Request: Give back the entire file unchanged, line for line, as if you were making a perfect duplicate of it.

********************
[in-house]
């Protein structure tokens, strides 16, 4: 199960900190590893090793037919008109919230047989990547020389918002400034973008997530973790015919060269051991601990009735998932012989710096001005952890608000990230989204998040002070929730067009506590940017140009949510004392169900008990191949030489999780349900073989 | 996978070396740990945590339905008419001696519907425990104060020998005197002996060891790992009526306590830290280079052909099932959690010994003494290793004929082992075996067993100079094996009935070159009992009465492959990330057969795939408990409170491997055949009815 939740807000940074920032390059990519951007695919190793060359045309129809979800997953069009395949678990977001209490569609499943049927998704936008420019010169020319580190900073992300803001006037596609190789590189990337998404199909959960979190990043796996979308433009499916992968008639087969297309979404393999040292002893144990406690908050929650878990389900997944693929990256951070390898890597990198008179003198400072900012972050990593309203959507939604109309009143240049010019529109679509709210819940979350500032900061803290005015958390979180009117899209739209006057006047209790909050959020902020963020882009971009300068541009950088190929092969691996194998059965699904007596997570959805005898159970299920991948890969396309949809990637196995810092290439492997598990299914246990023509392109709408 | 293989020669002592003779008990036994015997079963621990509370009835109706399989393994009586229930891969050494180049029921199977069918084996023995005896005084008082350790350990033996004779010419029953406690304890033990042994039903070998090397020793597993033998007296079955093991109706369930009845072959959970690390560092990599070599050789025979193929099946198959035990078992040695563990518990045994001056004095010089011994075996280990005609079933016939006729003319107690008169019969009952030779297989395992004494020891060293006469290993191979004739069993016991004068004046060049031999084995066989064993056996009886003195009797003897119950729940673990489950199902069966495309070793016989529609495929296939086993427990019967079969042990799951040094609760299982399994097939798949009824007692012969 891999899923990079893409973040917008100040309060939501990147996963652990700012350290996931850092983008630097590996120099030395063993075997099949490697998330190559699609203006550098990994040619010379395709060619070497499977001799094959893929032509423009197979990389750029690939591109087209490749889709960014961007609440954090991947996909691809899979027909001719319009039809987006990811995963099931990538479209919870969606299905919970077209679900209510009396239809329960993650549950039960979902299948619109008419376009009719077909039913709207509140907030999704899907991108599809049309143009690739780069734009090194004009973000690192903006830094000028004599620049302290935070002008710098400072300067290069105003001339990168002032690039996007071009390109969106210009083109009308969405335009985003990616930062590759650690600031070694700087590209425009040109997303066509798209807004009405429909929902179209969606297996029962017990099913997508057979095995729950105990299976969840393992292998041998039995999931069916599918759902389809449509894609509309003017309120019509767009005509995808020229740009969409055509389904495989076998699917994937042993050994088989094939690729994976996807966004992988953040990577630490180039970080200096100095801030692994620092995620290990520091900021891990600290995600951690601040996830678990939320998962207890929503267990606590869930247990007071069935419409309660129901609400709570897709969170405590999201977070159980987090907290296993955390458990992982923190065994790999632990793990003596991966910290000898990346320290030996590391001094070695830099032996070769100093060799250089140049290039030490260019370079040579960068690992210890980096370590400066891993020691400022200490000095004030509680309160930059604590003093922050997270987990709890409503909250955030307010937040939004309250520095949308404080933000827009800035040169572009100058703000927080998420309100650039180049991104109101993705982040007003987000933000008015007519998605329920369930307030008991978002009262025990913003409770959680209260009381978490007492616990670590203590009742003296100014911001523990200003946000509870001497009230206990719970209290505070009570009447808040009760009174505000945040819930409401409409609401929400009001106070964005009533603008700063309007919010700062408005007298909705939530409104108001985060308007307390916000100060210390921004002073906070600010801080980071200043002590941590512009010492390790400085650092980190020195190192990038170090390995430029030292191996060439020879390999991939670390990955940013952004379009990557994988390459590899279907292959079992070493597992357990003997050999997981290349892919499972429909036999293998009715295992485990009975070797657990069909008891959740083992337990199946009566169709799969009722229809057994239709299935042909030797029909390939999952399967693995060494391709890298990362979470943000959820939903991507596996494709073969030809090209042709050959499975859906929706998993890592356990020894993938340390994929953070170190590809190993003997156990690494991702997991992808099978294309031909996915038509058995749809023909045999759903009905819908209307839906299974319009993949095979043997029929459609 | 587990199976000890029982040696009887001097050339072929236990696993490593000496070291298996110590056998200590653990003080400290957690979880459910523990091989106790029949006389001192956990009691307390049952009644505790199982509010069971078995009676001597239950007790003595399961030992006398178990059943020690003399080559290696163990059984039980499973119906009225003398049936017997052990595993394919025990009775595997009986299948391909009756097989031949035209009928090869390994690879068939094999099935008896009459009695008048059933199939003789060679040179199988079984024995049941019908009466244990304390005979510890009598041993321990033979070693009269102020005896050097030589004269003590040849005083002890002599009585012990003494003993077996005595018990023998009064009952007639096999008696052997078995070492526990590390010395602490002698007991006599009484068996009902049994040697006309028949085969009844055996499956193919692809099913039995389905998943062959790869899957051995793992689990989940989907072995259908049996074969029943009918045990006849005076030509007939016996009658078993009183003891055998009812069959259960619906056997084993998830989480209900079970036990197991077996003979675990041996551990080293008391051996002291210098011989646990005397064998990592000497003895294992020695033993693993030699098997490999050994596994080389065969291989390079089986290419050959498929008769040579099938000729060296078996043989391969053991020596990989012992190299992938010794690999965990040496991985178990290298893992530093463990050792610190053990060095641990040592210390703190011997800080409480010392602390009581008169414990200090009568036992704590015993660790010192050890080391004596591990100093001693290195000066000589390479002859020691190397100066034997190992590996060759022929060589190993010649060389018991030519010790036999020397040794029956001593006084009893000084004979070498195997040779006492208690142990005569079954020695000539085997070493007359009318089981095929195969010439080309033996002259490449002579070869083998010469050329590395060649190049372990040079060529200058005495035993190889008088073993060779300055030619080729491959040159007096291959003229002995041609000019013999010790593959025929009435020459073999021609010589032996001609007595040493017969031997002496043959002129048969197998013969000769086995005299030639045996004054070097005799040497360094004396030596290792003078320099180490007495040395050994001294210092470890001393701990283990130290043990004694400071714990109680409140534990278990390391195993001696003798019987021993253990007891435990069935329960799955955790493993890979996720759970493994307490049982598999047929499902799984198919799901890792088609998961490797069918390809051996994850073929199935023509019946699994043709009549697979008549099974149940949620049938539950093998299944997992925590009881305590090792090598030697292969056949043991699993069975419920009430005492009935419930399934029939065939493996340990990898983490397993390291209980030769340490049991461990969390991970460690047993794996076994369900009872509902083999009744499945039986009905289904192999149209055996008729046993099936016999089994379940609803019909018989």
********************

[in-house]
């Protein structure tokens, strides 16, 4: 199960900190590893090793037919008109919230047989990547020389918002400034973008997530973790015919060269051991601990009735998932012989710096001005952890608000990230989204998040002070929730067009506590940017140009949510004392169900008990191949030489999780349900073989 | 996978070396740990945590339905008419001696519907425990104060020998005197002996060891790992009526306590830290280079052909099932959690010994003494290793004929082992075996067993100079094996009935070159009992009465492959990330057969795939408990409170491997055949009815 939740807000940074920032390059990519951007695919190793060359045309129809979800997953069009395949678990977001209490569609499943049927998704936008420019010169020319580190900073992300803001006037596609190789590189990337998404199909959960979190990043796996979308433009499916992968008639087969297309979404393999040292002893144990406690908050929650878990389900997944693929990256951070390898890597990198008179003198400072900012972050990593309203959507939604109309009143240049010019529109679509709210819940979350500032900061803290005015958390979180009117899209739209006057006047209790909050959020902020963020882009971009300068541009950088190929092969691996194998059965699904007596997570959805005898159970299920991948890969396309949809990637196995810092290439492997598990299914246990023509392109709408 | 293989020669002592003779008990036994015997079963621990509370009835109706399989393994009586229930891969050494180049029921199977069918084996023995005896005084008082350790350990033996004779010419029953406690304890033990042994039903070998090397020793597993033998007296079955093991109706369930009845072959959970690390560092990599070599050789025979193929099946198959035990078992040695563990518990045994001056004095010089011994075996280990005609079933016939006729003319107690008169019969009952030779297989395992004494020891060293006469290993191979004739069993016991004068004046060049031999084995066989064993056996009886003195009797003897119950729940673990489950199902069966495309070793016989529609495929296939086993427990019967079969042990799951040094609760299982399994097939798949009824007692012969 891999899923990079893409973040917008100040309060939501990147996963652990700012350290996931850092983008630097590996120099030395063993075997099949490697998330190559699609203006550098990994040619010379395709060619070497499977001799094959893929032509423009197979990389750029690939591109087209490749889709960014961007609440954090991947996909691809899979027909001719319009039809987006990811995963099931990538479209919870969606299905919970077209679900209510009396239809329960993650549950039960979902299948619109008419376009009719077909039913709207509140907030999704899907991108599809049309143009690739780069734009090194004009973000690192903006830094000028004599620049302290935070002008710098400072300067290069105003001339990168002032690039996007071009390109969106210009083109009308969405335009985003990616930062590759650690600031070694700087590209425009040109997303066509798209807004009405429909929902179209969606297996029962017990099913997508057979095995729950105990299976969840393992292998041998039995999931069916599918759902389809449509894609509309003017309120019509767009005509995808020229740009969409055509389904495989076998699917994937042993050994088989094939690729994976996807966004992988953040990577630490180039970080200096100095801030692994620092995620290990520091900021891990600290995600951690601040996830678990939320998962207890929503267990606590869930247990007071069935419409309660129901609400709570897709969170405590999201977070159980987090907290296993955390458990992982923190065994790999632990793990003596991966910290000898990346320290030996590391001094070695830099032996070769100093060799250089140049290039030490260019370079040579960068690992210890980096370590400066891993020691400022200490000095004030509680309160930059604590003093922050997270987990709890409503909250955030307010937040939004309250520095949308404080933000827009800035040169572009100058703000927080998420309100650039180049991104109101993705982040007003987000933000008015007519998605329920369930307030008991978002009262025990913003409770959680209260009381978490007492616990670590203590009742003296100014911001523990200003946000509870001497009230206990719970209290505070009570009447808040009760009174505000945040819930409401409409609401929400009001106070964005009533603008700063309007919010700062408005007298909705939530409104108001985060308007307390916000100060210390921004002073906070600010801080980071200043002590941590512009010492390790400085650092980190020195190192990038170090390995430029030292191996060439020879390999991939670390990955940013952004379009990557994988390459590899279907292959079992070493597992357990003997050999997981290349892919499972429909036999293998009715295992485990009975070797657990069909008891959740083992337990199946009566169709799969009722229809057994239709299935042909030797029909390939999952399967693995060494391709890298990362979470943000959820939903991507596996494709073969030809090209042709050959499975859906929706998993890592356990020894993938340390994929953070170190590809190993003997156990690494991702997991992808099978294309031909996915038509058995749809023909045999759903009905819908209307839906299974319009993949095979043997029929459609 | 587990199976000890029982040696009887001097050339072929236990696993490593000496070291298996110590056998200590653990003080400290957690979880459910523990091989106790029949006389001192956990009691307390049952009644505790199982509010069971078995009676001597239950007790003595399961030992006398178990059943020690003399080559290696163990059984039980499973119906009225003398049936017997052990595993394919025990009775595997009986299948391909009756097989031949035209009928090869390994690879068939094999099935008896009459009695008048059933199939003789060679040179199988079984024995049941019908009466244990304390005979510890009598041993321990033979070693009269102020005896050097030589004269003590040849005083002890002599009585012990003494003993077996005595018990023998009064009952007639096999008696052997078995070492526990590390010395602490002698007991006599009484068996009902049994040697006309028949085969009844055996499956193919692809099913039995389905998943062959790869899957051995793992689990989940989907072995259908049996074969029943009918045990006849005076030509007939016996009658078993009183003891055998009812069959259960619906056997084993998830989480209900079970036990197991077996003979675990041996551990080293008391051996002291210098011989646990005397064998990592000497003895294992020695033993693993030699098997490999050994596994080389065969291989390079089986290419050959498929008769040579099938000729060296078996043989391969053991020596990989012992190299992938010794690999965990040496991985178990290298893992530093463990050792610190053990060095641990040592210390703190011997800080409480010392602390009581008169414990200090009568036992704590015993660790010192050890080391004596591990100093001693290195000066000589390479002859020691190397100066034997190992590996060759022929060589190993010649060389018991030519010790036999020397040794029956001593006084009893000084004979070498195997040779006492208690142990005569079954020695000539085997070493007359009318089981095929195969010439080309033996002259490449002579070869083998010469050329590395060649190049372990040079060529200058005495035993190889008088073993060779300055030619080729491959040159007096291959003229002995041609000019013999010790593959025929009435020459073999021609010589032996001609007595040493017969031997002496043959002129048969197998013969000769086995005299030639045996004054070097005799040497360094004396030596290792003078320099180490007495040395050994001294210092470890001393701990283990130290043990004694400071714990109680409140534990278990390391195993001696003798019987021993253990007891435990069935329960799955955790493993890979996720759970493994307490049982598999047929499902799984198919799901890792088609998961490797069918390809051996994850073929199935023509019946699994043709009549697979008549099974149940949620049938539950093998299944997992925590009881305590090792090598030697292969056949043991699993069975419920009430005492009935419930399934029939065939493996340990990898983490397993390291209980030769340490049991461990969390991970460690047993794996076994369900009872509902083999009744499945039986009905289904192999149209055996008729046993099936016999089994379940609803019909018989």